Dear Emuna,

My parents are having marital problems. I don’t want to get involved and I don’t want to hear the details, but my mother insists on telling me (over Skype). She dredges up negative things that my father said or did many years ago to try to win me over to her side. She tries to manipulate me by telling me that my late sister always took her side. How do I deal with this? She won’t participate in a discussion on Judaism's prohibition of gossip; she is way too angry for that. She did however listen to my suggestion that she ask her doctor for antidepressants which he agreed to after diagnosing her as severely depressed. What should I do?

Loving Both Parents

Dear Loving Daughter,

Your dilemma has a number of components. One of the sources of the outrage seems to be the issue of lashon hara, gossip. While I certainly share your abhorrence for gossip, this is definitely NOT the time to give your mother lectures about Jewish law. She is in a lot of pain and, as you discovered with psychiatric intervention, very depressed. She will not be receptive to the idea (as she has shown you) and it will push the two of you farther apart. It is also important to recognize that severe depression is a serious illness, like any physical illness. Your mother needs your help and compassion, not your rebuke. She needs to feel cared for and loved. If she is indeed so severely depressed, then her ability to make positive choices is compromised and she need a lot of support.

Since you mentioned Skype, I assume that you do not live close by. I think it would be helpful if you could find her a companion, paid or otherwise, who lives local and can attend to her physical and emotional needs. She sounds very alone which I’m sure contributes to her depression.

On the other hand, I understand that you don’t want to hear the ins and outs of your parents’ relationship. You love your father as well, you are only hearing one side, and it is not really the appropriate role for a child to play. Encourage your mother to find a therapist (the psychiatrist she saw or someone else) who is available to listen to her story and to help give her perspective. I think you can tell her that you love her very much but that it is very awkward for you to be placed between your parents and therefore you can’t listen to her complain about your father and will have to hang up when she does so.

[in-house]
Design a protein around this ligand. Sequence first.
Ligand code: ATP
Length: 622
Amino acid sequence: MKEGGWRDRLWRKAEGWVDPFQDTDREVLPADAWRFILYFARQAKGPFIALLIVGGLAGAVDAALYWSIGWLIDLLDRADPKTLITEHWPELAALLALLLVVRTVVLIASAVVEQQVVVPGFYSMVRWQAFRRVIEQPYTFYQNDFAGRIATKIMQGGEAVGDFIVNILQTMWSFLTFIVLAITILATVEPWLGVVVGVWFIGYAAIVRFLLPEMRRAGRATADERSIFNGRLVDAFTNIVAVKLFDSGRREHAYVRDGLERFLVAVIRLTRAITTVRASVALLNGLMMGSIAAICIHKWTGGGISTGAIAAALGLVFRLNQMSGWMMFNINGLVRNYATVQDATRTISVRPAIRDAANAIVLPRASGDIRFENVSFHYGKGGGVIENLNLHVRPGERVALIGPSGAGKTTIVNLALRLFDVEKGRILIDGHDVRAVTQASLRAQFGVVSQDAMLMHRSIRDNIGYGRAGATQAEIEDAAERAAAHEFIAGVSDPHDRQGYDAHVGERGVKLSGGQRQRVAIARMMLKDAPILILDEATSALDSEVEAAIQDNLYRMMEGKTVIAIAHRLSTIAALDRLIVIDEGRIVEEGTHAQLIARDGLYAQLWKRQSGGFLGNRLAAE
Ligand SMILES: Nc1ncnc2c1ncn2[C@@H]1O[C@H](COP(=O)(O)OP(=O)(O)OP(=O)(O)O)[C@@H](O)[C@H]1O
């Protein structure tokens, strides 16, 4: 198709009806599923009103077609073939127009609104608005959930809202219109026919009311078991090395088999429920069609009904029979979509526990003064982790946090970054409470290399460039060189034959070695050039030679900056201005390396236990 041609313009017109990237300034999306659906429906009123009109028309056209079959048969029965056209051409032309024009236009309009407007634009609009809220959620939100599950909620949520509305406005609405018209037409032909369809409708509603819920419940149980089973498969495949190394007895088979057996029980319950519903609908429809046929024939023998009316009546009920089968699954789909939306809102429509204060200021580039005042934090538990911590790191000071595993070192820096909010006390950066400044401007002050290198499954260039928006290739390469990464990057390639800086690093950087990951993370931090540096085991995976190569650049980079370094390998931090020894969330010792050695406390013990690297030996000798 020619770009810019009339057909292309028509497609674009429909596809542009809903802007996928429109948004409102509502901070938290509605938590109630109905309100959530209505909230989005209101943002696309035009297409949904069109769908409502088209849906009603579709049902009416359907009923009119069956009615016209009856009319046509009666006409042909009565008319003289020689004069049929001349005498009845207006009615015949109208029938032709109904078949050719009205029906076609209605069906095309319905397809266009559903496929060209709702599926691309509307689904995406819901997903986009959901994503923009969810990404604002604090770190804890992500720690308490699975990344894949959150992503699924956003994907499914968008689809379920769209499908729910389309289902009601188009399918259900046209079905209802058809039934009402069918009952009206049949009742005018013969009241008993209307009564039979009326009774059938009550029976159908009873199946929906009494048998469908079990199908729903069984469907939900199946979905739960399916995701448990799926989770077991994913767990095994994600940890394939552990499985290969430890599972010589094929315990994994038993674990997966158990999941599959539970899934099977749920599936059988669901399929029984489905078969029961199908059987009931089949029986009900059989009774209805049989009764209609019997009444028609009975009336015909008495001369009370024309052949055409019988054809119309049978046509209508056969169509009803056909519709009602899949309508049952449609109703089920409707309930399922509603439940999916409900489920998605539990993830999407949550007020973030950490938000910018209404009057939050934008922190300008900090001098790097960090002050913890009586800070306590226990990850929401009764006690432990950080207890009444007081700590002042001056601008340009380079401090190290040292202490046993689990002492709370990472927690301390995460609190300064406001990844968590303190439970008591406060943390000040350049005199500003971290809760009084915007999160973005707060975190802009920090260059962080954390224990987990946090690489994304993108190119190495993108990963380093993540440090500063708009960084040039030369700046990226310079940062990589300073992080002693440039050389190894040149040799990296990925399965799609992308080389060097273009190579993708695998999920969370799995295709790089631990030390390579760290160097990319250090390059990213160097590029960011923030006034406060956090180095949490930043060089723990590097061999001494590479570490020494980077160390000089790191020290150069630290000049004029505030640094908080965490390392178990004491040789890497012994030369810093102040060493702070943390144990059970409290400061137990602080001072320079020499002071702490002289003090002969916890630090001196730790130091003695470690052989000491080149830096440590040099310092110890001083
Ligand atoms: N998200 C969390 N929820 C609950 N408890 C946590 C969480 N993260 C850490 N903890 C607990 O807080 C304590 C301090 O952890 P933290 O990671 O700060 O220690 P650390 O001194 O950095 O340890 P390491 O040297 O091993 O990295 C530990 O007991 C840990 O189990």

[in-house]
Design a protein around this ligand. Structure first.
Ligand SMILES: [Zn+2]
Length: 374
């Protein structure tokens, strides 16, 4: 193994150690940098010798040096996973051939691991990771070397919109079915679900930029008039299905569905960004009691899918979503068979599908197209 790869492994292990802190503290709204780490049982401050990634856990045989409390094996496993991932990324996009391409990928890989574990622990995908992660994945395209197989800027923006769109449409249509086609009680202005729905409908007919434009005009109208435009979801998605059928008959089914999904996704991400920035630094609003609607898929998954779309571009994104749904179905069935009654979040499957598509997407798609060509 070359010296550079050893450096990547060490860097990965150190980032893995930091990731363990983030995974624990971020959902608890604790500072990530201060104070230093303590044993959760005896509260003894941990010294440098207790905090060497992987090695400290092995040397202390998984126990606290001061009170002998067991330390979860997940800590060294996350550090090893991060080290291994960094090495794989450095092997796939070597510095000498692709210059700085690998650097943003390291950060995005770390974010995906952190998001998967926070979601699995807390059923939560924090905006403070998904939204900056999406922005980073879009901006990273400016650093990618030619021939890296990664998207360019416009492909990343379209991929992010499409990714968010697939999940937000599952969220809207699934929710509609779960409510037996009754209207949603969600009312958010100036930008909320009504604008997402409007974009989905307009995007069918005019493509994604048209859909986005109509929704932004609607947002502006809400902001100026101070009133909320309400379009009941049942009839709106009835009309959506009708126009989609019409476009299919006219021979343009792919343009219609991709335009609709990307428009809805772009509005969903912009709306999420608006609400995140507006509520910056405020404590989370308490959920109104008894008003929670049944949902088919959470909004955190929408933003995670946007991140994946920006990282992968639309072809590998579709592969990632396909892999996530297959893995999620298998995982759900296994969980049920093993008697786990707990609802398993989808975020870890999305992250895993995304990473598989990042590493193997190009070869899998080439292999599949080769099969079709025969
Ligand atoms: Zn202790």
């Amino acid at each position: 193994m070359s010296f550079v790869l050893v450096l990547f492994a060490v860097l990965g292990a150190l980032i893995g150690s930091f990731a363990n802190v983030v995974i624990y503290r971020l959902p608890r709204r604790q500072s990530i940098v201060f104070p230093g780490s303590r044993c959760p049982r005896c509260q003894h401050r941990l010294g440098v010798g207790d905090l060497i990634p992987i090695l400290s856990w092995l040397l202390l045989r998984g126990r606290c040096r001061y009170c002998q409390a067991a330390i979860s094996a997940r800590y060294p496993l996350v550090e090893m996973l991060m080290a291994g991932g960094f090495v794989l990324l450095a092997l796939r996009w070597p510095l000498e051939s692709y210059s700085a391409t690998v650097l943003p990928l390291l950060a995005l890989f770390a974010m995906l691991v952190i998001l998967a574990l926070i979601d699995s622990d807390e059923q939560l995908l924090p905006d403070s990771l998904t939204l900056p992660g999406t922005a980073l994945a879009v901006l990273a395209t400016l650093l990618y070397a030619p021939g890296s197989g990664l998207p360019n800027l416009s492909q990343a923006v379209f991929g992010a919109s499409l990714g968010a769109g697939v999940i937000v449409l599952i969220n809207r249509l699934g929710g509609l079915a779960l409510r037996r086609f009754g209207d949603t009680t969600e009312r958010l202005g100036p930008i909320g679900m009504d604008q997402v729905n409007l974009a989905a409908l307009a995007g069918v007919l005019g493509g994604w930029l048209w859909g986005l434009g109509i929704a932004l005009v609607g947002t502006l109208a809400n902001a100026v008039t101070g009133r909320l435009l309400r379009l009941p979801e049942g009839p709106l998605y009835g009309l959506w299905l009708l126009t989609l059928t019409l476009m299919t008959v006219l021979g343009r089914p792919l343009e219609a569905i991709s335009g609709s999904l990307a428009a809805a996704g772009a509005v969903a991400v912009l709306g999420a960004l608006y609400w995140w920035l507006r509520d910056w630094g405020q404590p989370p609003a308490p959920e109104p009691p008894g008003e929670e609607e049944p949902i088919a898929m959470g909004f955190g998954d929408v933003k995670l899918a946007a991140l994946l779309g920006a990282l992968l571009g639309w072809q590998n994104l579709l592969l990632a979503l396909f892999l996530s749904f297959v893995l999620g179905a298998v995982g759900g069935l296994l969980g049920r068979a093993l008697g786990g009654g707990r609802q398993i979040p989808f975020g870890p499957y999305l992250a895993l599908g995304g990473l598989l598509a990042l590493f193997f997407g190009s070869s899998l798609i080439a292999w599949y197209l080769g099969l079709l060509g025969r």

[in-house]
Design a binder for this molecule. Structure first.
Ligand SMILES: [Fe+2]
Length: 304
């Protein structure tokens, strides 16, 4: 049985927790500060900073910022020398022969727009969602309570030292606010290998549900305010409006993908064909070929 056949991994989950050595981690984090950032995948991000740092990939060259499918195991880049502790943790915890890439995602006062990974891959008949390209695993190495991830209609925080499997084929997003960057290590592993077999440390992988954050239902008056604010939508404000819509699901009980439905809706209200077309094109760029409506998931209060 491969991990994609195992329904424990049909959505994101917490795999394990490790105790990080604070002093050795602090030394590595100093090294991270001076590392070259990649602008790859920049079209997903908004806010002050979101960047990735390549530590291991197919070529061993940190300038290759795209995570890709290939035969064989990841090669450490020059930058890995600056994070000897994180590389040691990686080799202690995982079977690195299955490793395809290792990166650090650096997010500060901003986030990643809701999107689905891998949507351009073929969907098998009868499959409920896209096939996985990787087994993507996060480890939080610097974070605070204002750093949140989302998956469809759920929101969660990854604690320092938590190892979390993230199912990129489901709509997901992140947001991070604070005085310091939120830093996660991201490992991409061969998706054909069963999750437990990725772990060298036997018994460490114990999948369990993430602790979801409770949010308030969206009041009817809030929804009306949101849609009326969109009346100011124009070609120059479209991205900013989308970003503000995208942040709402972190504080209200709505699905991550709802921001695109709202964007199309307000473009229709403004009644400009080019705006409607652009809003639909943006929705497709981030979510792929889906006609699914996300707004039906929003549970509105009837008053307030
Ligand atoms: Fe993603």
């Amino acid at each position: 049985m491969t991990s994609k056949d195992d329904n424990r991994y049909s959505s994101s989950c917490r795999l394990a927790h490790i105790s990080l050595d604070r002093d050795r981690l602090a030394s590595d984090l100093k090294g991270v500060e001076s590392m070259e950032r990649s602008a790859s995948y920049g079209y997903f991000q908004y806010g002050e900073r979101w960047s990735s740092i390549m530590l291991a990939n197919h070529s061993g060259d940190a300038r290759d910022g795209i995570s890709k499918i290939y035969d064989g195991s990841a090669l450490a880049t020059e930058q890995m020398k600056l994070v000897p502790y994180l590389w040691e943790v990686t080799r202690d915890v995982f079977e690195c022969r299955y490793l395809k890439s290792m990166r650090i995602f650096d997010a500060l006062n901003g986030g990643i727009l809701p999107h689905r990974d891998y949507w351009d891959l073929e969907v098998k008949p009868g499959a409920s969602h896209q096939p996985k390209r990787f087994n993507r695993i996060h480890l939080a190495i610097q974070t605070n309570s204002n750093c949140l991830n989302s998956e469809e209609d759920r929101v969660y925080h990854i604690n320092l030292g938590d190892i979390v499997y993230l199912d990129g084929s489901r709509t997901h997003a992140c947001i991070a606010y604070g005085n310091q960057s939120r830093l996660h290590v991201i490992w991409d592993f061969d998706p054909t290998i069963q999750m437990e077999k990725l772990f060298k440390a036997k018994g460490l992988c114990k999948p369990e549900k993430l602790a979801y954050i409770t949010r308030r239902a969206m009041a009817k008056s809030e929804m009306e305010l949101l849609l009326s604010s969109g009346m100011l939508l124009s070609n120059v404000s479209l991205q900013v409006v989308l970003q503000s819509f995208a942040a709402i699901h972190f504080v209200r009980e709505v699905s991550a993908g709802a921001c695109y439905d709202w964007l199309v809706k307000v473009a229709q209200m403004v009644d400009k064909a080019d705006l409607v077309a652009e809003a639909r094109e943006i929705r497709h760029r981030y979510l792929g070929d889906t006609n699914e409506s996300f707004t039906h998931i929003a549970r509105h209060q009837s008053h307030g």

Don’t play the religion card; just the caring daughter in the middle one. But, above all, be loving and compassionate when you talk to her, not judgmental. Encourage her to continue the conversation, just with other topics. “How about them Yankees?”

Sick and Emotionally Abandoned

Dear Emuna,

I’ve been married 20 years to a lovely man. We have 4 beautiful children and a solid marriage. He is a good provider and a responsible mate, if not as emotionally available as I would like. This usually doesn’t matter but I have had some serious medical challenges recently, along with some unexpected hospitalizations, and while he has been by my side physically, I feel emotionally abandoned. I know he’s doing his best but I still feel hurt. What should I do?

Hurting Physically and Emotionally

Dear Hurting,

This is not the moment for a referendum on your marriage. This is the time to work on your physical recovery. When we are in pain and have physical challenges, we just need to put one foot in front of the other as we try to heal. It is not the time to evaluate the strength or weakness of our marriage, our relationship with our children or to ask deep faith-related questions. Go easy on yourself – and your husband.